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The river comes alive
  |  First Published: October 2010



This month we should see some more stable weather patterns develop, leading to much more pleasant outings on the water and less of that wind that has plagued recent months.

Most species will respond well to the warming water and the more stable weather. There will be pelagics moving back into the bait-rich estuaries, with school prawns and herring pushing upstream with the ever-present predators hot on their heels.

The prawn trawl fleet should start to shoot their nets this month, which allows anglers not interested in wading around late at night to acquire some of the best bait going – live prawns.

Kept in an esky or bucket with an aerator and a water change every hour or so, they will give you a good chance of securing a feed of bream, flathead and if you’re lucky, a school jew or two.

There’s no point having the best bait on the river if you’re fishing where the fish aren’t. Concentrate on major drop-offs and reefs for flathead, jew and the odd bream.

The majority of bream, though, will be mooching around the intertidal zones on the rock walls, flats and oyster racks. As they become more active in the warming weather, presenting these fish with lightly weighted live prawns on single-handed spinning tackle and light line will become very productive.

Those same areas are playgrounds for those of us that like to fool fish with artificials. Soft plastics, blades and crankbaits are great for searching large areas quickly and getting responses from active fish.

FLATHEAD SPREAD

Flathead will start to spread throughout the brackish reaches, feeding up before they head back downstream to spawn over the next month or two.

Soft plastics are number one for searching out a feed of flatties. Three-inch and 4” fish and shad style tails that represent mullet or herring are the go at this time of year.

Once a patch of flathead has been found, cover the area thoroughly because there will generally be a big female sitting close by, keeping an eye on the proceedings.

It may take quite a few retrieves to get a response from these cautious big breeders – they didn’t get big by being stupid.

Jewfish will be in their best numbers this month while anglers throw just about everything bar the kitchen sink at them. Those that put in the effort to obtain live bait and then spend countless hours watching their rods should be rewarded.

All efforts should be concentrated around tide changes at dawn and dusk, when these fish leave cover and start hunting down poor little morsels.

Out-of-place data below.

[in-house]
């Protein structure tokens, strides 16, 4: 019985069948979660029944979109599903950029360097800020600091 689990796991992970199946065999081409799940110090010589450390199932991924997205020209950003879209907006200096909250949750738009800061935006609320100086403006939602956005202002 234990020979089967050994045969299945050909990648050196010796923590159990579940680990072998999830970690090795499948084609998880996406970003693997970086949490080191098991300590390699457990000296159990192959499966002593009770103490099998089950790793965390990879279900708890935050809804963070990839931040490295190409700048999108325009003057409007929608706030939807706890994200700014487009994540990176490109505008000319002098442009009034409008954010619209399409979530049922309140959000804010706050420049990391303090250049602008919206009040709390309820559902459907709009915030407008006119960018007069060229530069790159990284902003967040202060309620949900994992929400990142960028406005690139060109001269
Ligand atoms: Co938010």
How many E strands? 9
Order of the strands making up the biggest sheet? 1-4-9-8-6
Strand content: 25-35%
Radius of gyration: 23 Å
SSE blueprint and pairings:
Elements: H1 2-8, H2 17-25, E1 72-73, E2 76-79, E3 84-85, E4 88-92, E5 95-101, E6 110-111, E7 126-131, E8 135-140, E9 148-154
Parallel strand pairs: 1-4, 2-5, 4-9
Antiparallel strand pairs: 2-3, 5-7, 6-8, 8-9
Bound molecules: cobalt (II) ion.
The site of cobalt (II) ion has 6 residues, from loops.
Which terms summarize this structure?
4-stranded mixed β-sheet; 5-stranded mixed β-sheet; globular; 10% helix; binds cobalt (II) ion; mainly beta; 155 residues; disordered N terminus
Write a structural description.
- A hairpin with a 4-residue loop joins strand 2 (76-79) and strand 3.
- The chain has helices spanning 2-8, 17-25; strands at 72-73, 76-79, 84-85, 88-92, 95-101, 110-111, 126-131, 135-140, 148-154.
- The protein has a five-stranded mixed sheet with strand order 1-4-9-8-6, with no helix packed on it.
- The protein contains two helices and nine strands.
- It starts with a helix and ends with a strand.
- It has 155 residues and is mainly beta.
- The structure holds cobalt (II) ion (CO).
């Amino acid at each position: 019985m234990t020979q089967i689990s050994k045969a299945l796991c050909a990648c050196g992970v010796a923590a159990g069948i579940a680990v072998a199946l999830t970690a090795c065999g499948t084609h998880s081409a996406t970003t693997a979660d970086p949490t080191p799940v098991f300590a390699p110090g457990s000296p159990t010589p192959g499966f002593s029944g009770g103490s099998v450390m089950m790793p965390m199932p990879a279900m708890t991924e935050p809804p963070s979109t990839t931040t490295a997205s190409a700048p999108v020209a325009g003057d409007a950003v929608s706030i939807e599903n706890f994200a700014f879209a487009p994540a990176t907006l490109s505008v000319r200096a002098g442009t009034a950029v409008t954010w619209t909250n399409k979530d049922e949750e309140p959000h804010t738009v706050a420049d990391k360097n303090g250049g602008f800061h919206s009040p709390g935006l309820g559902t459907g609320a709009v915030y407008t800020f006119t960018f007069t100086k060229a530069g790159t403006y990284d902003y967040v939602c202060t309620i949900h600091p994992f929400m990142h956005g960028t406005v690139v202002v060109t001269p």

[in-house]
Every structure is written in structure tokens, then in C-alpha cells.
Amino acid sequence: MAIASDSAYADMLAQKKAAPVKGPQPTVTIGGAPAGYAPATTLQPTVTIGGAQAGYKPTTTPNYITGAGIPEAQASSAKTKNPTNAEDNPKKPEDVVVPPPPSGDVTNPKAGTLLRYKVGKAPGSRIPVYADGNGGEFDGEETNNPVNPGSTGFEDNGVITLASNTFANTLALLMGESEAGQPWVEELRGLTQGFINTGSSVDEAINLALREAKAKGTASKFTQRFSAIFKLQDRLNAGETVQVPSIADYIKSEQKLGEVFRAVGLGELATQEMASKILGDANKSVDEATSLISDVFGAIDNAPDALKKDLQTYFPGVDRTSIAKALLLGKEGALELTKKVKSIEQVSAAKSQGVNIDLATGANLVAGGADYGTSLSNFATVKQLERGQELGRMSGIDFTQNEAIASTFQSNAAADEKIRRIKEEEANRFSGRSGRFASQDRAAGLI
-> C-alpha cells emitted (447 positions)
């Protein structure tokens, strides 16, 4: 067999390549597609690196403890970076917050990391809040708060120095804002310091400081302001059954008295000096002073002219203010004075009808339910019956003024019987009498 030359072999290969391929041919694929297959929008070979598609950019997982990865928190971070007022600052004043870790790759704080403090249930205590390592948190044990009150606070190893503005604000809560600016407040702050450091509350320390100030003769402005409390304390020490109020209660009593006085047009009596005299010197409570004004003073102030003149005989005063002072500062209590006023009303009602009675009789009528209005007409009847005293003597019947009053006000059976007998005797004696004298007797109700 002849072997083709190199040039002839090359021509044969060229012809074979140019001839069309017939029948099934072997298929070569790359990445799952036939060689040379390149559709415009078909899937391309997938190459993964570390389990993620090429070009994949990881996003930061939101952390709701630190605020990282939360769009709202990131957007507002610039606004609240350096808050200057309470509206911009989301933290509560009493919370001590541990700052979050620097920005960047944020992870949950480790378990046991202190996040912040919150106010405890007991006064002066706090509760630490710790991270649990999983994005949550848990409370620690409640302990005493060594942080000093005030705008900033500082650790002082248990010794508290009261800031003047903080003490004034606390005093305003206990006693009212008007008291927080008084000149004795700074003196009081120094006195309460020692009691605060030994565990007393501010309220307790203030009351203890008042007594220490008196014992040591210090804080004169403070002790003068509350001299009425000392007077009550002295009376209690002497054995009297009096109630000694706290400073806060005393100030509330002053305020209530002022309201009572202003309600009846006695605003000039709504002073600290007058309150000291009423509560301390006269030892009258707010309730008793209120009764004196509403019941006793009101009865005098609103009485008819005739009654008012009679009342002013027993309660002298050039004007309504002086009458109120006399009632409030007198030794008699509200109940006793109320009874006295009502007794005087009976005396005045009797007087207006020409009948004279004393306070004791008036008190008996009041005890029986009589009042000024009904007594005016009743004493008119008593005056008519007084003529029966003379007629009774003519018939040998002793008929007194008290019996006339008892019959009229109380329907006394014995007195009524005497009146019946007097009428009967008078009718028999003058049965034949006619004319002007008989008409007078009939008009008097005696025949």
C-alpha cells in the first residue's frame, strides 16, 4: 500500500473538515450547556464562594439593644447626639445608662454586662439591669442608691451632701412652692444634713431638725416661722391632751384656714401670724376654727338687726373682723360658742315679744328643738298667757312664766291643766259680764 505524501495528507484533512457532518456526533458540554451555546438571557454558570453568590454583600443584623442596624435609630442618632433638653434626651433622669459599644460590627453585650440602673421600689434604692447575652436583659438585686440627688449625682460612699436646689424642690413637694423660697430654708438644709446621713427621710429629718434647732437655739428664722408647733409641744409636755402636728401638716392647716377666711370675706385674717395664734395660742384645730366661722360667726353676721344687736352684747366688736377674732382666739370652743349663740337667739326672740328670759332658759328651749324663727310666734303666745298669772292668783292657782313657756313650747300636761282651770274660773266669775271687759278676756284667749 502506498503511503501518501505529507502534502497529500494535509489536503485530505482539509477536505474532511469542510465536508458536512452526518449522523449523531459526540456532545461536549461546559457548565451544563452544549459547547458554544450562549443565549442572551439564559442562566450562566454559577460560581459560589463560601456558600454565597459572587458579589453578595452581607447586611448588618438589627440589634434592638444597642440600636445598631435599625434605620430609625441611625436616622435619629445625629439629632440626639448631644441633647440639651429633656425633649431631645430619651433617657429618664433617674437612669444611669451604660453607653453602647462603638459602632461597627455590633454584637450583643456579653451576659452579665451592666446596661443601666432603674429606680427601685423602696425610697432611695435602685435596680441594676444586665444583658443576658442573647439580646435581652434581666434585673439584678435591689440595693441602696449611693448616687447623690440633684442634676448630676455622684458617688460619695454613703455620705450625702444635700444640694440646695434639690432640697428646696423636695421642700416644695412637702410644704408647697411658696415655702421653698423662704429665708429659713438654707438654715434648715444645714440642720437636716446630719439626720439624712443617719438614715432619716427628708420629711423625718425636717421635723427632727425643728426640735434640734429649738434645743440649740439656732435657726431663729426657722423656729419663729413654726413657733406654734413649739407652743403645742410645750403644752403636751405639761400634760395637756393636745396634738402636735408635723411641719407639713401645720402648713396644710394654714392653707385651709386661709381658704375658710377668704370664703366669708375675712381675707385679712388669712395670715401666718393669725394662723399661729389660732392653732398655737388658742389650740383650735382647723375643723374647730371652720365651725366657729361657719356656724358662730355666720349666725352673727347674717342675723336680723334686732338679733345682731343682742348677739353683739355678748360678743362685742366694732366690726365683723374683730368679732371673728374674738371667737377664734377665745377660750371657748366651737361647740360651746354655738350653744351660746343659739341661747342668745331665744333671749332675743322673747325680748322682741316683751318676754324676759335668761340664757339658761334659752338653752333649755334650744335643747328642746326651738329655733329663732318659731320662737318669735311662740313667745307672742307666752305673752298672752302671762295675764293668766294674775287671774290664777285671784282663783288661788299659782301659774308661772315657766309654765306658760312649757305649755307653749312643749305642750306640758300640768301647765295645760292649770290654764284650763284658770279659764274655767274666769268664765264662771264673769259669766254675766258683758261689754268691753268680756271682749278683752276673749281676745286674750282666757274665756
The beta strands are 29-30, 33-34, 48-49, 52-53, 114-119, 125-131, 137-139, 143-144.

If it remains dry jewies will move a fair way up stream this month. It’s common to encounter them on The Skeletons at Lower Portland while flicking soft plastics for estuary perch and bass, where all three species will be focused on the abundant prawns and herring.

Anglers looking to tangle with one of these apex predators on artificial presentations should match the hatch with their lure selection.

PERCH, BASS

Some great estuary perch action fishing has kept anglers returning to the tidal water below Windsor. Double-figure days are common with a couple of 40cm-plus specimens coming aboard for a quick photo and release.

Bloodworm, pumpkinseed and cotton candy coloured grubs and minnows are favourites; these resemble the prawns that EPs just can’t resist.

Further upstream, the bass will be making their way into the sweetwater creeks, swamps and lagoons.

There is usually an insect hatch or two this month, which sends the bass into a feeding frenzy on the surface. The key is to be there when it happens, which isn’t all that easy.

Most of us will be happy with an early morning start and a handful of surface lures and spinnerbaits. Casting accuracy is half the battle when pursuing bass, the other half is getting the fish out of where you just hooked it!

Crabs should start to appear this month with blue swimmers and muddies becoming active as things heat up. Traps should be baited with hard-wearing, oily baits, with mullet being the most consistent taker.

Make sure you check the regulations for setting traps in NSW and keep an eye on them, because share farming is becoming more common. I witnessed four different boats check a single line of pots last season within an hour!

For all the latest gear and the best local knowledge, drop in and see the guys at Windsor Bait and Tackle.

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